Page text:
4 Matching Annotations
  1. Feb 2022
    1. This day on which Enkidu dreamed came to an end and be lay stricken with sickness. One whole day he lay on his bed and his suffering increased. He said to Gilgamesh, the friend on whose account he had left the wilderness, 'Once I ran for you, for the water of life, and I now have nothing:' A second day he lay on his bed and Gilgamesh watched over him but the sickness increased. A third day he lay on his bed, he called out to Gilgamesh, rousing him up. Now he was weak and his eyes were blind with weeping. Ten days he lay and his suffering increased, eleven and twelve days he lay on his bed of pain. Then he called to Gilgamesh, 'My friend, the great goddess cursed me and I must die in shame. I shall not die like a man fallen in battle; I feared to fall, but happy is the man who falls in the battle, for I must die in shame.' And Gilgamesh wept over Enkidu. With the first light of dawn he raised his voice and said to the counsellors of Uruk

      The numbered days of death and 3 (Jesus was on the cross for three days) and the innocence of Enkidu by being betrayed are quite a bit like the crucifixion.

    2. umbaba said, 'Enkidu, what you have spoken is evil: you, a hireling, dependent for your bread! In envy and for fear of a rival you have spoken evil words.' Enkidu said, ‘Do not listen, Gilgamesh: this Humbaba must die. Kill Humbaba first and his servants after

      Humbaba reminds me a lot of Goliath, and since he tried to trick Enkidu, maybe cunning like the devil.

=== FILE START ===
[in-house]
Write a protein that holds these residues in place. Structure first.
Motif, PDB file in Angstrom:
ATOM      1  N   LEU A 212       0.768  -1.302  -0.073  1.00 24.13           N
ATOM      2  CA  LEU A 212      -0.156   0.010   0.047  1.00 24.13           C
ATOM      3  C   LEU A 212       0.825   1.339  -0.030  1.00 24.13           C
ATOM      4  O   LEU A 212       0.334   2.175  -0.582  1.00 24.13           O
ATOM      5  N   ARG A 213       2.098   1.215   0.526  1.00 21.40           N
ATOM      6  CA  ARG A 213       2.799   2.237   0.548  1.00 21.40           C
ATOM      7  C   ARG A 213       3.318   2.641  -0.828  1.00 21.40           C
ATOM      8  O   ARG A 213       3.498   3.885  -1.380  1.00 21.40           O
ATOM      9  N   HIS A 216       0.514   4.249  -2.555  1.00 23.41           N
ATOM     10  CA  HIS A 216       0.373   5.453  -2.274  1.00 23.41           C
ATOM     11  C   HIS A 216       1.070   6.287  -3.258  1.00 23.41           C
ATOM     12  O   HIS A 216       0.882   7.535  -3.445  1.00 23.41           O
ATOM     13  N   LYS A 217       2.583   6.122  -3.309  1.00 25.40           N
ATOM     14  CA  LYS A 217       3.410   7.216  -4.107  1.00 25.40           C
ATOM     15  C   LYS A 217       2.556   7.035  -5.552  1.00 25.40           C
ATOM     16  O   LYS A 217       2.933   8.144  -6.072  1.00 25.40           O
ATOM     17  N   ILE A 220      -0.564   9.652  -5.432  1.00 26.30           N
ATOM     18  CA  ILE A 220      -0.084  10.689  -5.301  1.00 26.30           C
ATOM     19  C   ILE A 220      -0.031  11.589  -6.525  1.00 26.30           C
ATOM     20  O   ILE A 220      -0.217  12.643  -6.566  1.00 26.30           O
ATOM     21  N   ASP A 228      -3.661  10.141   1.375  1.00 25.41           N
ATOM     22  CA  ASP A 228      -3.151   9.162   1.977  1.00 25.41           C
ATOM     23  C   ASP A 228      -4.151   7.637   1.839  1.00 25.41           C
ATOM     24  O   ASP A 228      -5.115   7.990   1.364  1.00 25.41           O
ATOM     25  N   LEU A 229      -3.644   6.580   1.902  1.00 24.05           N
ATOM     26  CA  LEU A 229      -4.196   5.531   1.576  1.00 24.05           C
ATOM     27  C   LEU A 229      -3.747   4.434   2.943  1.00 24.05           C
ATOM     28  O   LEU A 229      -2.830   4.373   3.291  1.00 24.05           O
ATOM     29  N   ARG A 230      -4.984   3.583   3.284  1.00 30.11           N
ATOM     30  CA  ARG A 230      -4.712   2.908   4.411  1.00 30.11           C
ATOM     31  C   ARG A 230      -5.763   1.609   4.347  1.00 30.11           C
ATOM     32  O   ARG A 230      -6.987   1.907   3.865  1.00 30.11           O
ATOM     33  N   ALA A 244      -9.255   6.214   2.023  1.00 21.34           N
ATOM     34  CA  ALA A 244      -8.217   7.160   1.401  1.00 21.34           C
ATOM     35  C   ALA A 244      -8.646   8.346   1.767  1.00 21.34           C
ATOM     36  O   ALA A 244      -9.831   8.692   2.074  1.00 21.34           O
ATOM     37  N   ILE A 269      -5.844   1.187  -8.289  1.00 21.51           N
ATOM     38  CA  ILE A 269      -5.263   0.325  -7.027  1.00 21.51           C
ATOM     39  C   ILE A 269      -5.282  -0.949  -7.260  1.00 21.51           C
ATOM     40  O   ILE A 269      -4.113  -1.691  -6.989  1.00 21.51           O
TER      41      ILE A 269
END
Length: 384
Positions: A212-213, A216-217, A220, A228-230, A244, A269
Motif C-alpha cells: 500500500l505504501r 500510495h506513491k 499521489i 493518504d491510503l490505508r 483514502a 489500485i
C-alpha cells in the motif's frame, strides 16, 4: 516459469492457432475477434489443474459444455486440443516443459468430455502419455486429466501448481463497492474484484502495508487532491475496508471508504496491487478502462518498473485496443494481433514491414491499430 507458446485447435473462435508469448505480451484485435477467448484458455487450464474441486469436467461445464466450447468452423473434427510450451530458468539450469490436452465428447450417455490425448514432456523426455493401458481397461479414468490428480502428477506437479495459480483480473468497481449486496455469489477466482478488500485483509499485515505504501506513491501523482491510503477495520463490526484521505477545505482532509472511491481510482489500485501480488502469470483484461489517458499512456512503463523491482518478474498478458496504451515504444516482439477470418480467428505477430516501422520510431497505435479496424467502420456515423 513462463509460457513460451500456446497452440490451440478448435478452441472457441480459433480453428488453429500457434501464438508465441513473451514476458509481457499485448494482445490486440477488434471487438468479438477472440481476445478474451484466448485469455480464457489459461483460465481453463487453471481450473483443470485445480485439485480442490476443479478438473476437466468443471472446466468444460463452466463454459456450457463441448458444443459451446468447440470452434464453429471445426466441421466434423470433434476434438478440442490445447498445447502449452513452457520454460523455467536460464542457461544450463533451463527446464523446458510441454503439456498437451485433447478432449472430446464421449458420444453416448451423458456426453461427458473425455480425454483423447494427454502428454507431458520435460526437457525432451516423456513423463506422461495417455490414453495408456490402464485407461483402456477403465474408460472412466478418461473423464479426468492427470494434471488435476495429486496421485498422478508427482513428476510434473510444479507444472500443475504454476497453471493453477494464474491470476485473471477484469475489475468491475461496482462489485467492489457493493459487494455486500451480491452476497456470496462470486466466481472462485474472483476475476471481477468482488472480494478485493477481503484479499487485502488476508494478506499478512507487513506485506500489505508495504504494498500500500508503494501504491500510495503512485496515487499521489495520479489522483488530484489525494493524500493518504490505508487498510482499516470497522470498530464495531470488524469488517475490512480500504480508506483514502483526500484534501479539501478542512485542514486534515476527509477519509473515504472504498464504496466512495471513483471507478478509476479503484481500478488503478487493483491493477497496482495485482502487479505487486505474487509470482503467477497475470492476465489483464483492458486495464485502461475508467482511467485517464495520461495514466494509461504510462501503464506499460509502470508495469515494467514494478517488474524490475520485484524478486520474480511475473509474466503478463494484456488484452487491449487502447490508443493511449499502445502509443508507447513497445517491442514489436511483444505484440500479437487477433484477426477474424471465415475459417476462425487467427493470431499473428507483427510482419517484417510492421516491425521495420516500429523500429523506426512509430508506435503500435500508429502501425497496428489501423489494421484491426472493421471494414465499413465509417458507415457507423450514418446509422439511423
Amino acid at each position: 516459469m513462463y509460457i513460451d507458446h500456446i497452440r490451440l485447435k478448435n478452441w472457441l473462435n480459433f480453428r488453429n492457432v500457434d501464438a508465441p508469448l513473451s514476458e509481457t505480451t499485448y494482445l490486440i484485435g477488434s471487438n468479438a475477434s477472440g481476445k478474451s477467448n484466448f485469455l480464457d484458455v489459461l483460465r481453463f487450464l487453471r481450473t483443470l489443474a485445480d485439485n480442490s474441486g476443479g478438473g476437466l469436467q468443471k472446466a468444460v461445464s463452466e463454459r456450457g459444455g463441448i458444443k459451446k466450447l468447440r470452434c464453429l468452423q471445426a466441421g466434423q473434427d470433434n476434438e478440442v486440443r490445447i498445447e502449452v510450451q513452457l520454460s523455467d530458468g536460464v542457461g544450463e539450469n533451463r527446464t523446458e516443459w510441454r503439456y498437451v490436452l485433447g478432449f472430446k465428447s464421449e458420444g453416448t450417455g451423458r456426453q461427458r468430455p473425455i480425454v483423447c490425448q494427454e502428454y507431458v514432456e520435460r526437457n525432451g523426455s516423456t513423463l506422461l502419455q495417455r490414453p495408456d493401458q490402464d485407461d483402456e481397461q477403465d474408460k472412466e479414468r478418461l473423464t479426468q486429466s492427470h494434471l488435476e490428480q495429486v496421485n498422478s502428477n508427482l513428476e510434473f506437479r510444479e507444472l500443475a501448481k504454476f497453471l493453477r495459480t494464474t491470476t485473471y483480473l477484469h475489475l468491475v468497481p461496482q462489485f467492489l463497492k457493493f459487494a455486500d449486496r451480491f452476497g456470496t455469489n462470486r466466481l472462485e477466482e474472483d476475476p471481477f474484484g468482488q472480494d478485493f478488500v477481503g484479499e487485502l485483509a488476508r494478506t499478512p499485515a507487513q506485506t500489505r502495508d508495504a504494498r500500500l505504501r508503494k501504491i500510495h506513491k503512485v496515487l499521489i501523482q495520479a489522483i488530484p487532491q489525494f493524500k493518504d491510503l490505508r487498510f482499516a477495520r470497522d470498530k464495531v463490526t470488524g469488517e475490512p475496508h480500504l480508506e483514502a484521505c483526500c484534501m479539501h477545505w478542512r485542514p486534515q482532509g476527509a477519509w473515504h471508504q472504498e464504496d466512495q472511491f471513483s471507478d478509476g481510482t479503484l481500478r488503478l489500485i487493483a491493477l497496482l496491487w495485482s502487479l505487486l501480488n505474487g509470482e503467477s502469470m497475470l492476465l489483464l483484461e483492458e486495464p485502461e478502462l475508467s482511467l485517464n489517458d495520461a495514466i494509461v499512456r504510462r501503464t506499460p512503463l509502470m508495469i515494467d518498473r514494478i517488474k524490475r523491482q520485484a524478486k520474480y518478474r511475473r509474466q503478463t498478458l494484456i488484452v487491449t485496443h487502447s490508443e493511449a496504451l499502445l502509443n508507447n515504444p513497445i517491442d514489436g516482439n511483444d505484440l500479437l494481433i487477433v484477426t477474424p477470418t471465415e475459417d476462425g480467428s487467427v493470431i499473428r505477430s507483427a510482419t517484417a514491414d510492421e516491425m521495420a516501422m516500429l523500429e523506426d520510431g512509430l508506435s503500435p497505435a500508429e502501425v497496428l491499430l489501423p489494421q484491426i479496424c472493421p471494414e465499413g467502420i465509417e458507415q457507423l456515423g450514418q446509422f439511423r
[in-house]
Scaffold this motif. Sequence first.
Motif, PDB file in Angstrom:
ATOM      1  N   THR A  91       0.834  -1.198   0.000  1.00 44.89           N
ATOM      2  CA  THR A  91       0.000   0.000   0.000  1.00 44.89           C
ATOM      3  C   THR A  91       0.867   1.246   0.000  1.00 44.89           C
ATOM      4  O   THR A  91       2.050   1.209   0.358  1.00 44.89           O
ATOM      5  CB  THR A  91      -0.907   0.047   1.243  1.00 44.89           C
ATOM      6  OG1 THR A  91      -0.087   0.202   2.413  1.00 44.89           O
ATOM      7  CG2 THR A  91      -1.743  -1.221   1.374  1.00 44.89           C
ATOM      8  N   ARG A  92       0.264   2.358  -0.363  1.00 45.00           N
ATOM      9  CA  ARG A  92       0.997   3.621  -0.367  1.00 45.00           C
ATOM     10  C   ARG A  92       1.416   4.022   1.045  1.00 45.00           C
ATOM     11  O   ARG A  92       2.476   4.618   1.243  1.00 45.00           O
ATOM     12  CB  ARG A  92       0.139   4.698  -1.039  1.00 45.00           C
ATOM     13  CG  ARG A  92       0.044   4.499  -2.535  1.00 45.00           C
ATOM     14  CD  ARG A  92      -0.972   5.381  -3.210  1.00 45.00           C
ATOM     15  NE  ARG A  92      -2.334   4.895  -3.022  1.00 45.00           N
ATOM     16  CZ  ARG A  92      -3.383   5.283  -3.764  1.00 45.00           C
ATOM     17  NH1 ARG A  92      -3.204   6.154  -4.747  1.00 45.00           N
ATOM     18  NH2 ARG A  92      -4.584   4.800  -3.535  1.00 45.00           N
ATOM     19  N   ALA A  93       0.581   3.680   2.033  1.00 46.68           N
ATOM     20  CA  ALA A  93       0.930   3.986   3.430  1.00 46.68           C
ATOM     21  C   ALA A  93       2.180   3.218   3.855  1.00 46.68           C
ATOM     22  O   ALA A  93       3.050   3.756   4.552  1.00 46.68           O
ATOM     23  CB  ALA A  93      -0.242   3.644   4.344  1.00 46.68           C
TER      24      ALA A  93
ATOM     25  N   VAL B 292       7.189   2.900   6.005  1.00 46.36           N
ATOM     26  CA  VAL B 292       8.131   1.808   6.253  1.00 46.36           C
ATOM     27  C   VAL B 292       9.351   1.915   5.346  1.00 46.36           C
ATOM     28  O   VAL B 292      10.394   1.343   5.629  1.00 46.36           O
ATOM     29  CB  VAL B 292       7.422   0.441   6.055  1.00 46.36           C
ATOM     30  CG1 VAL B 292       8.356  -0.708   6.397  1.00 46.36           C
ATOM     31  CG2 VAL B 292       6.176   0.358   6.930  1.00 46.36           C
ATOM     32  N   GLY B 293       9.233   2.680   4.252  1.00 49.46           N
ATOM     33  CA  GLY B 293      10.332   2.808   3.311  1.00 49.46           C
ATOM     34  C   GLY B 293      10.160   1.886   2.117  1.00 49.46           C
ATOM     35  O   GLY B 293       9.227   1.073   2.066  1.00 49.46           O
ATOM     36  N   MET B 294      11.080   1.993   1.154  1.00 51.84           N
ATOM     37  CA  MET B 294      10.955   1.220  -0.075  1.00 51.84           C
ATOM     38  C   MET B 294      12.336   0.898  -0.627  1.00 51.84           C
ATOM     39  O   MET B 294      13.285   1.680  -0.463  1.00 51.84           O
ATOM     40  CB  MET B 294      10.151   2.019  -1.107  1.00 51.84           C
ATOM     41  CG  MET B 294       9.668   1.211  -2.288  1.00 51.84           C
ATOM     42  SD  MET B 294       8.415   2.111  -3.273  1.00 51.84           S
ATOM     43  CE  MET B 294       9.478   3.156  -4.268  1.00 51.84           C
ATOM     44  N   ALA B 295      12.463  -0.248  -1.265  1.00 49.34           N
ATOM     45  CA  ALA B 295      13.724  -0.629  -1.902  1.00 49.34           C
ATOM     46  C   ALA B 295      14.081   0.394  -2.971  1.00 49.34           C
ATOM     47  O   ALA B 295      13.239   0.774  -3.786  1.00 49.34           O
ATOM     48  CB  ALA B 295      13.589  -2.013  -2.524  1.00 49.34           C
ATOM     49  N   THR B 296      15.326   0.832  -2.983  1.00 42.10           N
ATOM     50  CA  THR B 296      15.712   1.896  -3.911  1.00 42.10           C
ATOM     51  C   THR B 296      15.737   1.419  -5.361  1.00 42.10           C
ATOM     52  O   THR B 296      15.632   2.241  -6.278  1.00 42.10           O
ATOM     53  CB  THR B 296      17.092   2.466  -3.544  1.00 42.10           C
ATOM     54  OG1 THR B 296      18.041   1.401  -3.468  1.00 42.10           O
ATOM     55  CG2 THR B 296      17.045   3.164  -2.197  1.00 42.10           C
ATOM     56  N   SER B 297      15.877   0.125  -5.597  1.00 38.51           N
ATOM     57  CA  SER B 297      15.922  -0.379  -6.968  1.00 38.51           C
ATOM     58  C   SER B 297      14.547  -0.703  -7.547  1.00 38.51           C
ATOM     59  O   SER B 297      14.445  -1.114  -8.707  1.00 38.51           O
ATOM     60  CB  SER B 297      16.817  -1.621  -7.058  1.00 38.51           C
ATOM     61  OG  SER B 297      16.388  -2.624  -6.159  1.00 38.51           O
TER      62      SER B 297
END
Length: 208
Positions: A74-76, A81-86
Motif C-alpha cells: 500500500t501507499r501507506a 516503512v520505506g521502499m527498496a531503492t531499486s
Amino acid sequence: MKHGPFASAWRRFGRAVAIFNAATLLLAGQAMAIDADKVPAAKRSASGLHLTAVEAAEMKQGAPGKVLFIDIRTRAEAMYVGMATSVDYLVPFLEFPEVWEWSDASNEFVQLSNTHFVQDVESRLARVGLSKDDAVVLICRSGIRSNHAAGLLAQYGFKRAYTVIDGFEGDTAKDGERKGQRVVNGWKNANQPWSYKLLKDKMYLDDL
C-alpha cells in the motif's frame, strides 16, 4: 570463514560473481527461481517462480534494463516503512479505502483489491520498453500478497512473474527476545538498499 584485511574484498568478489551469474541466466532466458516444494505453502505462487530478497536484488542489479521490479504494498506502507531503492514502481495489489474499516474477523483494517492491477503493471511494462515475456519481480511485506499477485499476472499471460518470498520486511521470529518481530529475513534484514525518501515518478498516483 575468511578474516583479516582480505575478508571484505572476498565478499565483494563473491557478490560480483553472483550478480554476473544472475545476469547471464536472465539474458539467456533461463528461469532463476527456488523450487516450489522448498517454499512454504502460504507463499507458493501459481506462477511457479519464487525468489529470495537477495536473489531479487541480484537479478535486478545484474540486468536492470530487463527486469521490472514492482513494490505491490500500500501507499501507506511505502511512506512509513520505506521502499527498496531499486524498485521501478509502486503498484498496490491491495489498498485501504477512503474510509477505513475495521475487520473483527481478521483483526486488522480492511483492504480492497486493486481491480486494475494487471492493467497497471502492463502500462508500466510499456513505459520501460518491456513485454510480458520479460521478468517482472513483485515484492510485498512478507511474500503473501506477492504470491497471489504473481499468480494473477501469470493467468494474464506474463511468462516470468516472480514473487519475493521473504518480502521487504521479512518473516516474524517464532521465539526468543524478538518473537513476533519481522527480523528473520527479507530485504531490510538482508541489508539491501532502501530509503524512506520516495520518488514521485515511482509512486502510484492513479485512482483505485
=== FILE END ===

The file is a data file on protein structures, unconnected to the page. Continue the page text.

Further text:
3. he heavens roared and the earth roared again, daylight failed and darkness fell, lightnings flashed, fire blazed out, the clouds lowered, they rained down death. Then the brightness departed, the fire went out, and all was turned to ashes fallen about us. Let us go down from the mountain and talk this over, and consider what we should do

      I thought this might be an early representation of the devil or evil, with horns and fire. Although it could have contributed to later representations of the devil or hell, it might have just showed how great a deed the two did in killing Humbaba. The scale of what they did might have made an impact in how greatly they were seen though in the descriptions of Uruk at the beginning of the story, so maybe it starts to show the impact of one or two people, like some kind of savior?

    4. ough, he had long hair like a woman's; it waved like the hair of Nisaba, the goddess of corn. His body was covered with matted hair like Samugan's, the god of cattle. He was innocent of mankind; he knew nothing of the cultivated land. Enkidu ate grass in the hills with the gazelle and lurked with wild beasts at the water-holes; he had joy of the water with the herds of wild game. But there was a trapper who met him one day face to face at the drinking-hole,

      This reminded us of the backgrounds between Jesus and John the Baptist. Although the relationship is different, the two are also very close and one is god-like and the other is rough and feral. The fact that Enkidu's hair was described in so much detail also reminded me a little of Samson in that it was so important.